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  5. "他们刚走。"


Translation:They just left.

December 7, 2017



"They just went" should also be accepted.


Should be, they have just left


It could be also something else, but yes, "They have just left" should be accepted and it's not :(


they have just left should be accepted


I'm not a native speaker, but I'm pretty sure 了 is called for at the end of the sentence.


I speak fluent Mandarin and I think 他们刚走 sounds informal, but I don't think it's wrong :) And 他们刚刚走了 is OK too :)


No it's not a matter of formality. 他们刚走 = 他们刚刚走 (了 is not necessary and is optional; these two sentences are equal in terms of the amount of formality). Personally I would add a 了 in situations where I want to emphasize that they HAVE already left. For example if someone comes looking for them and I want to indicate that they are gone, I'd say 他们刚走了! Or if I want to emphasize that they have JUST left, I'd say 他们刚刚走 (without the 了). Again it's optional.

To respond to your concern about formality, 他们刚离开 would sound more formal. Source: native speaker


A better Chinese translation would be 他们刚离开。


I think that is better. Because 走 has an ambiguous interpretation that could mean walk. 离开 is a direct translation to "left". That's a good one.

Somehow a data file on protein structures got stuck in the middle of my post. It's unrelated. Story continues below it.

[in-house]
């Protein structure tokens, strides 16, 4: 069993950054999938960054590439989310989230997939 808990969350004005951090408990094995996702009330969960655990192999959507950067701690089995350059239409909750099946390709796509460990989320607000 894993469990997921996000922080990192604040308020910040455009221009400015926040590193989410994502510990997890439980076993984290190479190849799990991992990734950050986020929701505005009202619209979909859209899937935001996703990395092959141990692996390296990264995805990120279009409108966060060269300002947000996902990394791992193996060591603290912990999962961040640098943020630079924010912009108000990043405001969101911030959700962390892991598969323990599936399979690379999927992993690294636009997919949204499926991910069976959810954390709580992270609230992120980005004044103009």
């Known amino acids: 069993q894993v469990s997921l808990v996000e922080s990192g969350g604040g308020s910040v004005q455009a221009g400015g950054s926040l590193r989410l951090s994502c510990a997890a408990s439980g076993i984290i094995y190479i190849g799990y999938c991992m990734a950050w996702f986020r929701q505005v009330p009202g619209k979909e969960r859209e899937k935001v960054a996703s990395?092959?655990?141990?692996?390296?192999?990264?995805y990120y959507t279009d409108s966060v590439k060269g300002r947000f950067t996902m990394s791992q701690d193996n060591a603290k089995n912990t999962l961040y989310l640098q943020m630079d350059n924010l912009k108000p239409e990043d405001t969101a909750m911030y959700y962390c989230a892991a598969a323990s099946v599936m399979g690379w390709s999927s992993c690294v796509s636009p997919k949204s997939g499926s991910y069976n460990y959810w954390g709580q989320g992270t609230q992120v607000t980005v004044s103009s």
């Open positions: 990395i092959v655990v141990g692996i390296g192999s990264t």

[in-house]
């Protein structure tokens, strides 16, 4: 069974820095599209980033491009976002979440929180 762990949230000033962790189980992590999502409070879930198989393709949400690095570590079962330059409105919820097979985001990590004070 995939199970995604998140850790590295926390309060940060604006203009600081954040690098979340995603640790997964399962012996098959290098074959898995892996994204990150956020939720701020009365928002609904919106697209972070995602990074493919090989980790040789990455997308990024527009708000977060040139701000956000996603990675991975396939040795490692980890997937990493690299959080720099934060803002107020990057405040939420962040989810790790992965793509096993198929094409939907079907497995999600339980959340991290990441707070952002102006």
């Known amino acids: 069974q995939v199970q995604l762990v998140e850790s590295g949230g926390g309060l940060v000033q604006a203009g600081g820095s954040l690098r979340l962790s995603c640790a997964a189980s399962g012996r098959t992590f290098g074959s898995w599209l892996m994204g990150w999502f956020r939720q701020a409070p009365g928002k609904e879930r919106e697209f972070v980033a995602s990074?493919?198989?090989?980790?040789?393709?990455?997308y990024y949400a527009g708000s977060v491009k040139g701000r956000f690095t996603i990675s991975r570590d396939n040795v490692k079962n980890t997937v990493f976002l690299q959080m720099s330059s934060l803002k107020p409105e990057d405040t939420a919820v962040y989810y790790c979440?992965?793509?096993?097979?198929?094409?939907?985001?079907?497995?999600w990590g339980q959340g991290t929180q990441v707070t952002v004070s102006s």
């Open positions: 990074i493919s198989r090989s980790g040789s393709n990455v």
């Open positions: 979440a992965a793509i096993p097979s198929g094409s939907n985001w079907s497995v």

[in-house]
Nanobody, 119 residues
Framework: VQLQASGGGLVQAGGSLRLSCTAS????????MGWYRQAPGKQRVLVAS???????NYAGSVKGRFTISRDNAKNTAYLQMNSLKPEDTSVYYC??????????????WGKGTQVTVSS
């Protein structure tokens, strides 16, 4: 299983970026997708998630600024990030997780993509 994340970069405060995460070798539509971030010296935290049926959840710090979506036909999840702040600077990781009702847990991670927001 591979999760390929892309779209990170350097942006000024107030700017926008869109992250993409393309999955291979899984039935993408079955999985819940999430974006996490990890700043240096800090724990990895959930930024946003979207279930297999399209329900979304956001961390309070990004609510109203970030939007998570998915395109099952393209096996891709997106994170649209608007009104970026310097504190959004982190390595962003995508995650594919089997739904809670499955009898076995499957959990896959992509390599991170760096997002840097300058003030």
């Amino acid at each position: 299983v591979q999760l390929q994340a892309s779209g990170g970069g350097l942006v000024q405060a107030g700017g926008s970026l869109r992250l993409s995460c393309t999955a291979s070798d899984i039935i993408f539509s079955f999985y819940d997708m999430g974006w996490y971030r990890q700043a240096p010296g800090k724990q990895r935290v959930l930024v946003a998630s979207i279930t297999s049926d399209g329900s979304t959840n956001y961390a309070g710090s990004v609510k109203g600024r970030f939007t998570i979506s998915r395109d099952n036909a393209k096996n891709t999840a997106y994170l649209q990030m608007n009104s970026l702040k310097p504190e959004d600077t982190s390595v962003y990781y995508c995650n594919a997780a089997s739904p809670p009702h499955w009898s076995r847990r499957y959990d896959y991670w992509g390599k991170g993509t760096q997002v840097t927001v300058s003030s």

I object to the duolinguo translation for two reasons. Firstly it's ambiguous since it also has the meaning "all they did was leave!" And the second reason for my objection is that it is ungrammatical in at least one major dialect of English ie. British English where if you can use the present perfect, you must use the present perfect.


I don't understand your grammar point about the present perfect. Why would a simple past tense be wrong, e.g. "It rained every day"? Yes you can use the present perfect "It has rained every day", but it carries a different tense aspect. Both are correct in my opinion, as is the sentence here: "They just left".


How would appending 了 change the meaning, or why is it omitted here?


why "they just walked" is wrong?

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